Long Reign The King!

Long Reign The King!


Following the eternal exit of the Akarigbo, the paramount ruler of Remo land in the South West Nigeria late last year,  the traditional tussle for kingship and naming of a new ruler have taken a while. This is unexpected as custom and tradition in Yoruba land demand.

Sagamu is the administrative headquarters of Remo Land. While a ruler for the region is still being awaited, a global king emerged.

That was April 29 as Anthony Olaseni Oluwafemi Joshua, a native of Sagamu in Remo Land of South West Nigeria knocked out 41-year old Ukrainian, Vladimir Klitschko to become the undisputed World Heavyweight Champion.
Sagamu is the town where Anthony Joshua’s great grandparents, grandparents and parents grew up. His uncle Benjamin Adedamola Joshua was all joy after the epic showdown.

Early in the fight, Joshua was on the canvas for the first time in his career. He won all other fights by knockout.  But this particular encounter was epic.  He was taken to the 11th round for the first time.

The atmosphere was tense when Anthony Joshua was knocked down. He showed sheer strength and power to overcome the knockdown between the sixth and eighth.

To Anthony Joshua’s uncle, Adedamola, boxing and fight for justice are deeply rooted in the family history.  He told the story of how Anthony’s great grandfather, the late patriarch of the family, Omo-Oba Daniel Adebambo Joshua was once involved in a tussled with three white men and how he defeated them all in the 1950s.

He also alluded to a certain aunt of Anthony and how she used to beat up even men in the past. According to him, Anthony inherited his boxing skills from both of them.
Adebambo’s account also revealed how the patriarch of the family was also a philanthropist who owned lots of landed properties. He donated land for the building of schools, churches and mosques for the development of the community.
According to Adedamola Joshua, sports runs in the family as Anthony’s grandfather was a goalkeeper at Ijebu-Ode Grammar School.  Also, the head of the Joshua clan; Professor Joshua, a retired professor of Veterinary Medicine at the University of Ibadan was once a footballer at Remo Secondary School, Sagamu.

Though British-born, Anthony spent part of his childhood in Nigeria and he attended the prestigious Mayflower School, Ikenne at a time when his paternal grandmother was the matron of the school.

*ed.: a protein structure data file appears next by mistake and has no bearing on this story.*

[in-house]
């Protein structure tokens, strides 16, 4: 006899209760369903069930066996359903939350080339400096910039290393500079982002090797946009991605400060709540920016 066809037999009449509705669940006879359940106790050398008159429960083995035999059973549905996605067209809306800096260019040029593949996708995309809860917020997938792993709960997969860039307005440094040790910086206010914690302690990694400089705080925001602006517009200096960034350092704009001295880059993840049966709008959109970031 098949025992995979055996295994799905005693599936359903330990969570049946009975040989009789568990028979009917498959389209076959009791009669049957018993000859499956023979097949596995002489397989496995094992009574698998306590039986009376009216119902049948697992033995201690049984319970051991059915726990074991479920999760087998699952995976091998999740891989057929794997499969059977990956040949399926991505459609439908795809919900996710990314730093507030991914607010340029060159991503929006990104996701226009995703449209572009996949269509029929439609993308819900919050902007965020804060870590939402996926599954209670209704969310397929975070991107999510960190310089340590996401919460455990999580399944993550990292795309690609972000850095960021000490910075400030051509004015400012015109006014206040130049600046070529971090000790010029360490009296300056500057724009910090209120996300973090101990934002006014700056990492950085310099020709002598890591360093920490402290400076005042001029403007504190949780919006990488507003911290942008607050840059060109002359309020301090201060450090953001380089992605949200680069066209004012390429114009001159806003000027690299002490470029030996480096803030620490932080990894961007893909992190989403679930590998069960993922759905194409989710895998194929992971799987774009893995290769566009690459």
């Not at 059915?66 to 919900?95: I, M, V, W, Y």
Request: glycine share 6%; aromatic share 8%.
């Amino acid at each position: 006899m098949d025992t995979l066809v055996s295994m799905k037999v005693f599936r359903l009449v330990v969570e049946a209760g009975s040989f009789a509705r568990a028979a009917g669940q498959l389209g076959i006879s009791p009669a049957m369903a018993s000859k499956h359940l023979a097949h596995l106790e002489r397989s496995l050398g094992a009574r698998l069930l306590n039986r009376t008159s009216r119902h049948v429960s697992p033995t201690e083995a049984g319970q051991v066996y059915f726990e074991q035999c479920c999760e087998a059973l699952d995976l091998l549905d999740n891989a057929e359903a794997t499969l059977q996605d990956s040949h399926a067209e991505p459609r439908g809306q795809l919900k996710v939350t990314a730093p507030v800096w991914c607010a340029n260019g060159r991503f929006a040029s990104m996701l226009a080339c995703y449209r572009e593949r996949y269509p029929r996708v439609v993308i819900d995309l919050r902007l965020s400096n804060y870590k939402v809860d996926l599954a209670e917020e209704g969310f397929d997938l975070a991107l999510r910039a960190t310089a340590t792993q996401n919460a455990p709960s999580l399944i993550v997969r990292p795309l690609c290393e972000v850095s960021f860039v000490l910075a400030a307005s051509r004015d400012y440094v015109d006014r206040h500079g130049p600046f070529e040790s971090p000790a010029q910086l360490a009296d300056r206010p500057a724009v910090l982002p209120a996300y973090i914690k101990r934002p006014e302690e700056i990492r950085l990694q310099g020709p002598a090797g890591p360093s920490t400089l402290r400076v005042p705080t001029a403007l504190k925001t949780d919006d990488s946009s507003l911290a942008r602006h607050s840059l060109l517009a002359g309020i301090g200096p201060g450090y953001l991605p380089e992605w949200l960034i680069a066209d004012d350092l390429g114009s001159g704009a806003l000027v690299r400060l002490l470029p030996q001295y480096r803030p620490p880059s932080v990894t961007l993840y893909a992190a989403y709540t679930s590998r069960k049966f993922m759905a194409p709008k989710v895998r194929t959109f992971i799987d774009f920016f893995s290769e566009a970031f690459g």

Before the fight, only few members of the community knew an indigene was aiming to conquer the boxing world.

The Sagamu Youth Congress led by Segun Okeowo mobilised and raised awareness for the event. With the assistance of ace sports journalist, Colin Udoh,  a special viewing centre was set up, coincidentally in front of the palace of the late monarch of Remo Land.
The turnout was amazing; from the majority leader of the Ogun State House of assembly to family members, street urchins and people from all works of life turned out en masse to cheer Anthony to victory.

The town cheered as Anthony knocked down Klitschko in the fifth round and there was palpable anxiety when he was knocked down in the sixth by Klitschko. I still remember the moment his uncle Adedamola held me with trembling hands during the seventh round. I could see doubt creeping in but I held him firm and reassured him of victory.
During the epochal round, an over-enthusiastic viewer knocked off the projector as Anthony unleashed a flurry of gut-wrenching punches to knock out the more experienced Ukrainian. Fortunately I was following the fight online and immediately I saw a confirmation of the stoppage of the fight I screamed and the rest is history.
The majority leader of the Ogun State House of Assembly announced that he would raise a motion for the legislature to pass a resolution to rename the Gateway Stadium in Sagamu after Anthony Joshua and also have the street where the family house is located renamed after the boxer.
Anthony Joshua was appointed Member of the Order of the British Empire (MBE) in the 2013 New Year Honours for services to boxing.
Anthony Joshua hasn’t forgotten his roots as he requested to have the Nigerian flag alongside the Union Jack. Long reign the heavyweight king!



1 Comment on this Post

  1. Dr. 'Tunde "Tee" Akinbinu

    This is such a nice piece. It presents another version of the historical title-accumulating bout of the Anglo-Nigerian.

    Great narration by Kingsley Oyero of Radio Continental, Lagos on this excellent website as run by one of Nigeria’s best in the sports journalism field, Chief Kunle Solaja.


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